Fraudsters are targeting small business owners when it is time to renew their trademark by sending false invoices.

IP Australia has confirmed that there is an increasing number of reports of this unofficial invoicing.

Several of our clients have received these fake invoices. We remind clients that they need to be checking the source of the invoice before they pay it.

Clients should not be fooled into thinking invoices are legitimate just because the sender appears to have their personal details and know the details of their trademark.

The companies that send out these invoices access trademark holder’s details by trawling through information, which is publicly available on the internet, due to IP Australia needing to publish it to comply with the governing legislation. When an application is lodged with IP Australia, the applicant’s details are published on the Trademarks Register and in the Trademarks Journal.

Scammers use this information to offer their services and send letters with invoices to be paid. Trademark renewal invoices should only come from IP Australia and not from other companies - do not get sucked in by their formal letterhead and official-sounding name.. Although some letters may look official, they are not associated with IP Australia or with any other government agency, have no authority from IP Australia or the government, and they will not assist you with your trademark as they promise.

A real life war story of one of these scams worked as follows:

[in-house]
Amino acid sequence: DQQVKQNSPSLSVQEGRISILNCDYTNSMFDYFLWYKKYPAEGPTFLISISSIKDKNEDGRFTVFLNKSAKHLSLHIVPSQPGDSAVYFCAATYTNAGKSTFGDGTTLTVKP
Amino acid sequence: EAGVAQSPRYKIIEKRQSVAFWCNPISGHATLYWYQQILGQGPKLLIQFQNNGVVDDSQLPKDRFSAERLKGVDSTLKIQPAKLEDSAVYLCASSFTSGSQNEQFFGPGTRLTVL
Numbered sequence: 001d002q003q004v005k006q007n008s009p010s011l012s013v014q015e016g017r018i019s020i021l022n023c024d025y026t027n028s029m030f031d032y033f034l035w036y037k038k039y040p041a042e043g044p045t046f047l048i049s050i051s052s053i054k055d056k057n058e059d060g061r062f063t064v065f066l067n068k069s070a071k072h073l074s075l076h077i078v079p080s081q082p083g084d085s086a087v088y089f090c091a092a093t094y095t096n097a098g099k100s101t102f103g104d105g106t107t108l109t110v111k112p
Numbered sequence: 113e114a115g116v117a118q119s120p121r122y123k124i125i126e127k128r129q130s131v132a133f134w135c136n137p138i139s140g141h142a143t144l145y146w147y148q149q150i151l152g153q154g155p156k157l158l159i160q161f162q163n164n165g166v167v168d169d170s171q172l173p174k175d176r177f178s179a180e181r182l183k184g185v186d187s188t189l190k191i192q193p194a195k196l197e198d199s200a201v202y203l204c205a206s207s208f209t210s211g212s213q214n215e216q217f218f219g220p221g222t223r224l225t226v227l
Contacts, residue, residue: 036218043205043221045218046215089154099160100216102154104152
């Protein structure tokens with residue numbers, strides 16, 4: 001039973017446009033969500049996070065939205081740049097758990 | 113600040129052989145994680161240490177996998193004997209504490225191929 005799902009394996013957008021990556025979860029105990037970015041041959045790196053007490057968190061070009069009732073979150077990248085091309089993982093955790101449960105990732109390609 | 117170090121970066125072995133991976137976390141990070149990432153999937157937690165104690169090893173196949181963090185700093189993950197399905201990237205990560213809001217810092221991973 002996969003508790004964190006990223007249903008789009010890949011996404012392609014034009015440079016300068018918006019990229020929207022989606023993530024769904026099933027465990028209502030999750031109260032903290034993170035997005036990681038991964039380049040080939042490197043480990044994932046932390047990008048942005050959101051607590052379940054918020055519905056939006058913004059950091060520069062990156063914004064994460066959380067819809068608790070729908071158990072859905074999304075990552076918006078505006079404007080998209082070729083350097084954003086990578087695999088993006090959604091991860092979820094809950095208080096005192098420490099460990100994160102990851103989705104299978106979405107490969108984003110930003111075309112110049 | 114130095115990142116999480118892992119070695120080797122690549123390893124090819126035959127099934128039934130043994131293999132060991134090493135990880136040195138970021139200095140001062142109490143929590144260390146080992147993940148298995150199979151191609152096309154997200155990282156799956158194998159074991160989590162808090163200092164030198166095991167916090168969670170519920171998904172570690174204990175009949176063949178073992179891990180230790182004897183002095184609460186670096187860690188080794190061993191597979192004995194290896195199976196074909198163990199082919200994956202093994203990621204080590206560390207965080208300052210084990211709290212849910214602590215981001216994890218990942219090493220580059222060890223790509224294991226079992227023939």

• the company identified a client’s trademark on the Australian Register that was coming due for renewal;
  • the client had one trademark in 3 classes;
  • it then sent a letter to the trademark owner advising that the trade mark is about to expire, and offering to attend to renewal for a fee of A$1350.00 for one class, and a further A$650.00 for each additional class – a total of $2,650.00;
  • the company advised that if the trademark owner signed and returned the letter, the company will pay the renewal fees and send out an invoice.
 
This company was charging way over and above the usual $400.00 renewal fee per class, ripping the client off by $1,450.00 for renewing the trade mark. The charges in the scam invoices are often more than twice the correct amount.

Other scams have involved fraudsters offering:

  • additional services relating to the trademark, such as trademark monitoring or renewal services;
  • trademark registration in another country;
  • associated services such as domain name registration or advertising material;
  • to protect the trademark via placement on an international trademark register - such registers have no official or legal standing to protect a client’s trademark.
 
These organisations often do not actually provide the support that they offer.

What Should You Do?

Before trademark owners pay any invoices they should check:

  • that the invoice is legitimately from IP Australia;
  • the real cost for the trade mark renewal;
  • if in doubt, contact IP Australia to confirm the invoice is official.
 
IP Australia is aware of the scams and has published helpful information on their website, including details about the organisations and the types of letters or offers you are likely to receive. However, since most of these companies are overseas, action cannot always be taken against them.

The IP Australia website lists 24 different fake Trademark registration agencies, in countries ranging from Germany to Liechtenstein, with official sounding names like: Intellectual Property Organisation, European Patent Office and Community Trademark Office. The ACCC’s ScamWatch is also warning Australian businesses to beware of fake invoices for domain name renewal, trade directory listing, advertising services, etc.

Clients should notify IP Australia if they receive one of these fake invoices. You can email IP Australia any correspondence you may receive to check the legitimacy of the document.

For more information contact one of our expert team or visit the IP Australia website.